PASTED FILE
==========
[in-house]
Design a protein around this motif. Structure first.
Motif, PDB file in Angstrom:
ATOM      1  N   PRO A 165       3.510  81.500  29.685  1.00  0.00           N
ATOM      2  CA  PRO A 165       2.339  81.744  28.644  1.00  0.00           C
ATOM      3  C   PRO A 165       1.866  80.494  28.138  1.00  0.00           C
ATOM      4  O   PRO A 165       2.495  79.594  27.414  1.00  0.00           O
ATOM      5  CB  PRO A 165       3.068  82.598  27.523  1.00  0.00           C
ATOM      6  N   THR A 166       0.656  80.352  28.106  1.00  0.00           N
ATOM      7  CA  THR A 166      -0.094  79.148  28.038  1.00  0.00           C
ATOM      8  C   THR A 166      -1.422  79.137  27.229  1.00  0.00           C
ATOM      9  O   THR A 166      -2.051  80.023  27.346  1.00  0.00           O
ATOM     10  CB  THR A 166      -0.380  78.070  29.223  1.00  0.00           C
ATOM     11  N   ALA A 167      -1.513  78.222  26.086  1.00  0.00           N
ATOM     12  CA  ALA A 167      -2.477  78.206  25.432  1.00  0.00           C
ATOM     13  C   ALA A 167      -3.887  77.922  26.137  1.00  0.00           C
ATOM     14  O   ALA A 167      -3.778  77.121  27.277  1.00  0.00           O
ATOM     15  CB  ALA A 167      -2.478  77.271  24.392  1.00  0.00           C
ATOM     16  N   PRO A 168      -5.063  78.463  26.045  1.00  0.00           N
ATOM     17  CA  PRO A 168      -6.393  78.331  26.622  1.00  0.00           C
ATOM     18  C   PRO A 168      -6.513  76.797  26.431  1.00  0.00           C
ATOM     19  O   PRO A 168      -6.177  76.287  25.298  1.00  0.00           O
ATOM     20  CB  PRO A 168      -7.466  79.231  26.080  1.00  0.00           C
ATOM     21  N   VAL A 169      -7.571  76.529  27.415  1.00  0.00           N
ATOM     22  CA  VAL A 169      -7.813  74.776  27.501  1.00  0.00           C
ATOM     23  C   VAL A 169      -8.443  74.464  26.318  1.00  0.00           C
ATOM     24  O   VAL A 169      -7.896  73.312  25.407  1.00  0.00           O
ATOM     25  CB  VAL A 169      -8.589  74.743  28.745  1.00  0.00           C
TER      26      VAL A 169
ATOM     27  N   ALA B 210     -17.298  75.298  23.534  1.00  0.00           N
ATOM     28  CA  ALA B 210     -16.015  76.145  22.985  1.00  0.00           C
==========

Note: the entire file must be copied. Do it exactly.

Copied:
[in-house]
Design a protein around this motif. Structure first.
Motif, PDB file in Angstrom:
ATOM      1  N   PRO A 165       3.510  81.500  29.685  1.00  0.00           N
ATOM      2  CA  PRO A 165       2.339  81.744  28.644  1.00  0.00           C
ATOM      3  C   PRO A 165       1.866  80.494  28.138  1.00  0.00           C
ATOM      4  O   PRO A 165       2.495  79.594  27.414  1.00  0.00           O
ATOM      5  CB  PRO A 165       3.068  82.598  27.523  1.00  0.00           C
ATOM      6  N   THR A 166       0.656  80.352  28.106  1.00  0.00           N
ATOM      7  CA  THR A 166      -0.094  79.148  28.038  1.00  0.00           C
ATOM      8  C   THR A 166      -1.422  79.137  27.229  1.00  0.00           C
ATOM      9  O   THR A 166      -2.051  80.023  27.346  1.00  0.00           O
ATOM     10  CB  THR A 166      -0.380  78.070  29.223  1.00  0.00           C
ATOM     11  N   ALA A 167      -1.513  78.222  26.086  1.00  0.00           N
ATOM     12  CA  ALA A 167      -2.477  78.206  25.432  1.00  0.00           C
ATOM     13  C   ALA A 167      -3.887  77.922  26.137  1.00  0.00           C
ATOM     14  O   ALA A 167      -3.778  77.121  27.277  1.00  0.00           O
ATOM     15  CB  ALA A 167      -2.478  77.271  24.392  1.00  0.00           C
ATOM     16  N   PRO A 168      -5.063  78.463  26.045  1.00  0.00           N
ATOM     17  CA  PRO A 168      -6.393  78.331  26.622  1.00  0.00           C
ATOM     18  C   PRO A 168      -6.513  76.797  26.431  1.00  0.00           C
ATOM     19  O   PRO A 168      -6.177  76.287  25.298  1.00  0.00           O
ATOM     20  CB  PRO A 168      -7.466  79.231  26.080  1.00  0.00           C
ATOM     21  N   VAL A 169      -7.571  76.529  27.415  1.00  0.00           N
ATOM     22  CA  VAL A 169      -7.813  74.776  27.501  1.00  0.00           C
ATOM     23  C   VAL A 169      -8.443  74.464  26.318  1.00  0.00           C
ATOM     24  O   VAL A 169      -7.896  73.312  25.407  1.00  0.00           O
ATOM     25  CB  VAL A 169      -8.589  74.743  28.745  1.00  0.00           C
TER      26      VAL A 169
ATOM     27  N   ALA B 210     -17.298  75.298  23.534  1.00  0.00           N
ATOM     28  CA  ALA B 210     -16.015  76.145  22.985  1.00  0.00           C